AirBnb: Design As Competitive Advantage

There’s a great blog post by Chris Dixon that got my head spinning in this direction.  Chris’ post is not directly about design; it’s more about the TV industry and Apple but he brought up a good point that I think bears repeating.  When Apple was launching the iPhone, a lot of smart people thought that the company wouldn’t survive in the mobile industry because there was a widespread belief that mobile phones weren’t “broken”, in the sense that people had Crackberries and really great feature phones and, unlike the MP3 player business, there wasn’t an opportunity to beat the competition with a vastly superior product. That worked out differently than a lot of people thought it would, primarily because Apple designed a product that was far better than anything else on the market and people wanted to have one.

Chris’ post got me thinking about an earlier exchange of  blog posts about the YC startup, Airbnb.  If you missed this back-and-forth, check out Fred Wilson, Paul Graham  and Andrew Parker’s posts on when and how USV missed the investment (it’s really insightful).  When you think about it,  this wasn’t a new idea.  There were existing players already established in the space, and other substitutes that work just fine,  namely VRBO, Homeaway and even Craigslist addressed some of this market.   I would argue that AirBnb is  winning simply by  executing a better design than all of these competitor sites.  They’re not a new concept,  they just did it better and they understood what people want when they’re looking for a place to sleep.  The site is designed incredibly well, and the feature set does exactly what you need it to; nothing more and nothing less.

I’ve taken to this today as a great example of a startup that didn’t wedge themselves into a new space in the market, they just found a space that had gotten a little sleepy and ate everyone else’s lunch.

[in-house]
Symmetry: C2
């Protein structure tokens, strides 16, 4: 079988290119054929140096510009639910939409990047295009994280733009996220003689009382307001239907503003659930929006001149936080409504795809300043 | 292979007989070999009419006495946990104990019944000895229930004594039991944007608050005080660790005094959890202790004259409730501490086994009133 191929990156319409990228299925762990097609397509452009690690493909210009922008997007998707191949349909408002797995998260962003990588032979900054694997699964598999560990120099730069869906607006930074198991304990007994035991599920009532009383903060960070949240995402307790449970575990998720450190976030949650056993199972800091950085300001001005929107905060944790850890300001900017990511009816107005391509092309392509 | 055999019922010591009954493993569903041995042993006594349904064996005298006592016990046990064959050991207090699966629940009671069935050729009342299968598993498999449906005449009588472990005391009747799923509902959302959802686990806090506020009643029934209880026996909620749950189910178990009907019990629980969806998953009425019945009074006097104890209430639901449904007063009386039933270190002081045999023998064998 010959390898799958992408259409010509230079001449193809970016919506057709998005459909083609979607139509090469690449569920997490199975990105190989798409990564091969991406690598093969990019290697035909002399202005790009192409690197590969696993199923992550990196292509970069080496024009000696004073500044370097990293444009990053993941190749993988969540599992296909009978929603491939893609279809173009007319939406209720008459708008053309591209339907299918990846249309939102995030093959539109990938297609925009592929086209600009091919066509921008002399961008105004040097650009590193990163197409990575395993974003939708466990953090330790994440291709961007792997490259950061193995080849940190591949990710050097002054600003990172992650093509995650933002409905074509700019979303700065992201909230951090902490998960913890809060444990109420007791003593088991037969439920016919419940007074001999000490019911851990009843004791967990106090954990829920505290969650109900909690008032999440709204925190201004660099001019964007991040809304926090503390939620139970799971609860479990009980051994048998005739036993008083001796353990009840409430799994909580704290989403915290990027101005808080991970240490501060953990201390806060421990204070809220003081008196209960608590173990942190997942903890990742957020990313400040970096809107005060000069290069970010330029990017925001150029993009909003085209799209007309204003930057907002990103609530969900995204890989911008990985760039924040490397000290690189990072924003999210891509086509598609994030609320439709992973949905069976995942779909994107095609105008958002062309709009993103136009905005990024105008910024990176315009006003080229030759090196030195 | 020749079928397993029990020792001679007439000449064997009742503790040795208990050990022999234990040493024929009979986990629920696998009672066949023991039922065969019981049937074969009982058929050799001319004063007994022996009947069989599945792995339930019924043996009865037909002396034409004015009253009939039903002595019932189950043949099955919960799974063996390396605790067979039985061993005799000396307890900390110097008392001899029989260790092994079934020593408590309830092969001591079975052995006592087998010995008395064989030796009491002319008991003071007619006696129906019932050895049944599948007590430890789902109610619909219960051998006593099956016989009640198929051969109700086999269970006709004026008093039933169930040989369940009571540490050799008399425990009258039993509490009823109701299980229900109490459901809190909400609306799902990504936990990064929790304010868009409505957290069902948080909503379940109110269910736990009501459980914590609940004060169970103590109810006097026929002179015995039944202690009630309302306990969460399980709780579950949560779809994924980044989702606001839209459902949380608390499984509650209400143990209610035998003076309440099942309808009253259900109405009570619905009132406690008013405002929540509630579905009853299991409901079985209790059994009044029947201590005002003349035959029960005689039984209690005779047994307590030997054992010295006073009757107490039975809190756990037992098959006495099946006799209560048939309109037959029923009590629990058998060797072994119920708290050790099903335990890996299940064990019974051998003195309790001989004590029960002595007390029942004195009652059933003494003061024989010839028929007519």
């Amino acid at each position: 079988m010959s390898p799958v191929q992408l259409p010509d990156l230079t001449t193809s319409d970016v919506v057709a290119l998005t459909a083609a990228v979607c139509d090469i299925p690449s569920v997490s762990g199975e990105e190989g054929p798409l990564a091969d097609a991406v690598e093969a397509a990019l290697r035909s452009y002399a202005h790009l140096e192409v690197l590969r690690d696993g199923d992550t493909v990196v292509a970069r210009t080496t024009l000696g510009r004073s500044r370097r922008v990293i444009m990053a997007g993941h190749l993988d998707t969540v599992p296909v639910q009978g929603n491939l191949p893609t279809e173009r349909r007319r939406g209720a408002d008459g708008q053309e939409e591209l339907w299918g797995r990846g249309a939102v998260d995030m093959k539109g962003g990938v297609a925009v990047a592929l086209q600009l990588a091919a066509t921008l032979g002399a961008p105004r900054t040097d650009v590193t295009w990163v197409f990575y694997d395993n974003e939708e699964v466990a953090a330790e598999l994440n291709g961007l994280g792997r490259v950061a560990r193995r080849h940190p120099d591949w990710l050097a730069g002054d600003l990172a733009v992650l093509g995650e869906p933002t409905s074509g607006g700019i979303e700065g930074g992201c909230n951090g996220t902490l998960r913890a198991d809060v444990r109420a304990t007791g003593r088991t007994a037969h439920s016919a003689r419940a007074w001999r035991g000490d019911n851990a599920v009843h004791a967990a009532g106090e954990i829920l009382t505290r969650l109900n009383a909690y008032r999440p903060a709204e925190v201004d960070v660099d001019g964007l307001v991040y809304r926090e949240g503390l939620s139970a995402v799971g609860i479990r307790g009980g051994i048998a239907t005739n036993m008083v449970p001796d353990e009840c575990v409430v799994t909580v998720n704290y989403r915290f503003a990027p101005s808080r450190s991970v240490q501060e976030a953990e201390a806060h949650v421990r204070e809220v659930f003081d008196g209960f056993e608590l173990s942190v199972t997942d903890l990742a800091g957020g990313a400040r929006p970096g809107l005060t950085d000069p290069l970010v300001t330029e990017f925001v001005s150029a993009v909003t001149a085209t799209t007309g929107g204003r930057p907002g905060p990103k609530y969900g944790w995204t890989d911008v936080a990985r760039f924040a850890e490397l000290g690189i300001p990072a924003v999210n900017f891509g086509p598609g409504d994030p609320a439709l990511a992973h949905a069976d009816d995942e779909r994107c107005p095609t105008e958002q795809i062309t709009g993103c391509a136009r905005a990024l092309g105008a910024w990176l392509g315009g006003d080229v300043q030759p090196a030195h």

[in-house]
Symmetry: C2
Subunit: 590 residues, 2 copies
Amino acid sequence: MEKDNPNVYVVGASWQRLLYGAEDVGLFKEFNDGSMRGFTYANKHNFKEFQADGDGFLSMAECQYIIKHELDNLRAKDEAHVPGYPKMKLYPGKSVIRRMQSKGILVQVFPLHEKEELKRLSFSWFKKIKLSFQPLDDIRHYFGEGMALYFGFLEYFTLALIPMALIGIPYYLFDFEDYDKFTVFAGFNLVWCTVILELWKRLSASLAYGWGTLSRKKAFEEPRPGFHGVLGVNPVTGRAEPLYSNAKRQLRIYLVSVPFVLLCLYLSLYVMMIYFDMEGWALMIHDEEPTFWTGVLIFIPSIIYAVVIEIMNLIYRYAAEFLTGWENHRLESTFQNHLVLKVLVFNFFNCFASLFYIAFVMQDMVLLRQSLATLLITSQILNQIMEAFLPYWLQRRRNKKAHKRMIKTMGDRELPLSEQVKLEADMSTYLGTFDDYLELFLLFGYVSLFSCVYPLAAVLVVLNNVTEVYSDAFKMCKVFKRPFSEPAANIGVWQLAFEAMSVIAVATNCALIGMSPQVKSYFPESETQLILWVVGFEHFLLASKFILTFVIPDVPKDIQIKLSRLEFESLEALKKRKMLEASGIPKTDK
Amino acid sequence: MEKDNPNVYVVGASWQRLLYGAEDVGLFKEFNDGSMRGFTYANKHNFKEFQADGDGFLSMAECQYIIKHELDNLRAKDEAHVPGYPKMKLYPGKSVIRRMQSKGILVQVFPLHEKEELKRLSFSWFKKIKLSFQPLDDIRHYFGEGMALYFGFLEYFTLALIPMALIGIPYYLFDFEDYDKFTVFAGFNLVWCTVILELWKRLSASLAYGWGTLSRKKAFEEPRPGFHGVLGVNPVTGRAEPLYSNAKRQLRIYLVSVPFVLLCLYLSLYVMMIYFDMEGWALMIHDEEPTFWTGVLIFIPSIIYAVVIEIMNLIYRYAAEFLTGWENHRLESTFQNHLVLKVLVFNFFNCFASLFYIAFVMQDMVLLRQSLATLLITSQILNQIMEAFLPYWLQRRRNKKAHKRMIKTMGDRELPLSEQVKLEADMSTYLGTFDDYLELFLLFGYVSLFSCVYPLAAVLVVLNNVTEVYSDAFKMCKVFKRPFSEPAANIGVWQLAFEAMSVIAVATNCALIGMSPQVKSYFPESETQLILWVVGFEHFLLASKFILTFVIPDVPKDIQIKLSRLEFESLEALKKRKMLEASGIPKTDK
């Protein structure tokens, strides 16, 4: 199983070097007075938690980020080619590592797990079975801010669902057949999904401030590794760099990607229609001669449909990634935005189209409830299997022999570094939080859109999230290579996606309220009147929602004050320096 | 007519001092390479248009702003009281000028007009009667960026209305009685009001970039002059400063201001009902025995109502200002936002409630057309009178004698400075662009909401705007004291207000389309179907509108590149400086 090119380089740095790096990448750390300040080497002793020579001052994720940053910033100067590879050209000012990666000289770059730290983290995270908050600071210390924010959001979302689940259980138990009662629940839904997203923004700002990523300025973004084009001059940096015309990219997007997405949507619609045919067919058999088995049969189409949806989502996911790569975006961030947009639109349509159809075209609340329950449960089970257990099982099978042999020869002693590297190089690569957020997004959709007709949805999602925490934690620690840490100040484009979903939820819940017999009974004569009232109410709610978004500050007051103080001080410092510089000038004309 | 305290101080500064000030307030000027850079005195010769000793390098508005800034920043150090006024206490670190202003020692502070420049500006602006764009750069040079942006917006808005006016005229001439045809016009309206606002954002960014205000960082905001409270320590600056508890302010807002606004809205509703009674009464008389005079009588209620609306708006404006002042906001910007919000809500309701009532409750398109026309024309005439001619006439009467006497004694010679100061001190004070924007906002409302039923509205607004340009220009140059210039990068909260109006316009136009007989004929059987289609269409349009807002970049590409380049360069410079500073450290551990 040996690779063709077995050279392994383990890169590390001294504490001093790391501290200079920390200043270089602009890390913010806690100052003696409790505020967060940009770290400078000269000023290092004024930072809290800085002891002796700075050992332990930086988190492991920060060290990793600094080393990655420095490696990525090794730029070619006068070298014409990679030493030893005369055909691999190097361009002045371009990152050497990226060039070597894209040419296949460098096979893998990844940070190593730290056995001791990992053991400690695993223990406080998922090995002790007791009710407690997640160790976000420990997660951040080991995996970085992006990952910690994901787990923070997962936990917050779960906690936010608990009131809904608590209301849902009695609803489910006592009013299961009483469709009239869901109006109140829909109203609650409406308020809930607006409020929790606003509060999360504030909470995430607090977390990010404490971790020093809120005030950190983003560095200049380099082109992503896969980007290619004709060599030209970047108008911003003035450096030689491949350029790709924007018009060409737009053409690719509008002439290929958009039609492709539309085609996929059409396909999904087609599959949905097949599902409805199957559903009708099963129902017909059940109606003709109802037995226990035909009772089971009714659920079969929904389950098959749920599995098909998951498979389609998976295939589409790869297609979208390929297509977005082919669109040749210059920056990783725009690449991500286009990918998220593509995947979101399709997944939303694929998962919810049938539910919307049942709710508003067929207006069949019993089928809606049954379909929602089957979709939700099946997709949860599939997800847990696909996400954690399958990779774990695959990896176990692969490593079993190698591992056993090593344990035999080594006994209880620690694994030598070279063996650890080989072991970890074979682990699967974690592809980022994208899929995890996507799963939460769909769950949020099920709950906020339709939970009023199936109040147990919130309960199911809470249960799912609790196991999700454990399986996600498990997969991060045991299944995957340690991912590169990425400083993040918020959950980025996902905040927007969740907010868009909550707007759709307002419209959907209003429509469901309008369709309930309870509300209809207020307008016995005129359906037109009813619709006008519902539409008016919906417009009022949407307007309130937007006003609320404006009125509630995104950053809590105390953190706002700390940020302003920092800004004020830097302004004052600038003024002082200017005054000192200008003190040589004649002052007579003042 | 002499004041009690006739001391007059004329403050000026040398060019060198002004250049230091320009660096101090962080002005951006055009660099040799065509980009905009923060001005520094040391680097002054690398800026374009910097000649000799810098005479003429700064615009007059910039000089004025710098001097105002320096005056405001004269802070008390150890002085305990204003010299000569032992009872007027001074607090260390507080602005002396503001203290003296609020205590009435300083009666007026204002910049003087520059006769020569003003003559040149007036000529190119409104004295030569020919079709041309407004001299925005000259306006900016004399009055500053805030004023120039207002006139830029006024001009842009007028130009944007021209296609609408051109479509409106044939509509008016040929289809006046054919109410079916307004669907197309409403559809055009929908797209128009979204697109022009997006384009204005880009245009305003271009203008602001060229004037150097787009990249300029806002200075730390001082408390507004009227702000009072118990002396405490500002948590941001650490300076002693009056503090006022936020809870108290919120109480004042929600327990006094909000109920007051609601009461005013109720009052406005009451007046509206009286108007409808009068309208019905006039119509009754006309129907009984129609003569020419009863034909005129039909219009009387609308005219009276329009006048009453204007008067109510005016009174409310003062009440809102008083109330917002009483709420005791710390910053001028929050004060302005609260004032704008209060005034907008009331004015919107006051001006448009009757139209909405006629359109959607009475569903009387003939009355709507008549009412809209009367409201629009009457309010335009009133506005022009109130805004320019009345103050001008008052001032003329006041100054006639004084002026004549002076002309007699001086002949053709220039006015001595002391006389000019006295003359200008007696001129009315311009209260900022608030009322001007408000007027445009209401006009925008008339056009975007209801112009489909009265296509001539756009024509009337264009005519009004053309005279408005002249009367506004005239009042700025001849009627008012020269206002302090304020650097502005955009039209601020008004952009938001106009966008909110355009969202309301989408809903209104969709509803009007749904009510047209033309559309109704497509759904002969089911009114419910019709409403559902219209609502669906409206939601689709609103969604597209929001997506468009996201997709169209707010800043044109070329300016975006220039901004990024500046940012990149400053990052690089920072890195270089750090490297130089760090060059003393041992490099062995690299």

AT&T and T-Mobile Will Slow Innovation

Om Malik wrote a good piece on this merger; it’s fairly old news at this point.   I’m pretty sure I dislike this deal and I think it’s going to inhibit American entrepreneurs from accelerating innovation in mobile.

Strategically, the proposed $39 Billion cash and stock deal that’s been put up by AT&T to acquire T-mobile is risky for the company.  AT&T  is justifying the price of the acquisition by claiming synergies, the NPV of which excede the total purchase price of T-Mobile (yes, you read that correctly, but they said the same thing last time).  AT&T also has a $3 Bn. breakup fee, so if the FCC and DOJ decide that they don’t like the deal for anticompetitive reasons, it’s going to be expensive for them to fix.

Right now, AT&T has about 95.5 million subscribers and T-Mobile is hanging out with 34 million.  Verizon has about 100 million users, so while this won’t create a monopoly, it will definitely create a duopoly when it comes to national coverage.  Proponents of this merger point out that with the high CAPEX required to invest in cellular networks, this merger will allow for AT&T to invest in improving its network.  While this sounds great, I have trouble seeing how a company that locks in over half of the market, subjects its customers to two-year contracts and  has a competitor that uses incompatible technology (CDMA vs. GPRS) will be particularly interested in high CAPEX projects.  It’s too difficult to switch,  so why bother?

Right now applications are driving innovation while wireless carriers are falling behind.  I may be cynical, but I have a lot of trouble seeing how this deal works out well for anyone other than AT&T and T-Mobile shareholders.

Creating Value: Products Vs. Platforms

There’s been a lot of conversation about platforms recently, especially with the recent changes to the Twitter TOS.  Chris Dixon wrote some great thoughts about the rules of platform ownership and makes a great case for maintaining transparency and clear expectations with developers.  I’ve been thinking more about the value chain, and what the best decision is for creating value at a start up.

Everyone wants to build a platform because it creates a network of developers who become dependent on the ecosystem in some way.  It’s like backwards integrating in other types of business; you move one step backward from the end users and start spending time and energy treating consumer-facing application developers as your customers.  If you can build a successful platform, it usually scales better than a product or suite of products.  You can make the case that this is a safer position because you have value-producing partners “in front of you”, all fighting for users and building features from your toolset.  This creates a dependency that is difficult to break.

I think this holds true, but only for companies who first make extremely successful products.  Twitter, Facebook and even Apple are examples of companies that made extremely successful products before rolling out a platform.  I think start up companies need to spend their scarce resources focused on the product side before thinking about a platform.   Entrepreneurs who try to make the jump to a platform before locking down a successful product never quite understand the high intensity needs of the end-user, and will be unlikely to create a platform that developers can build successful products on.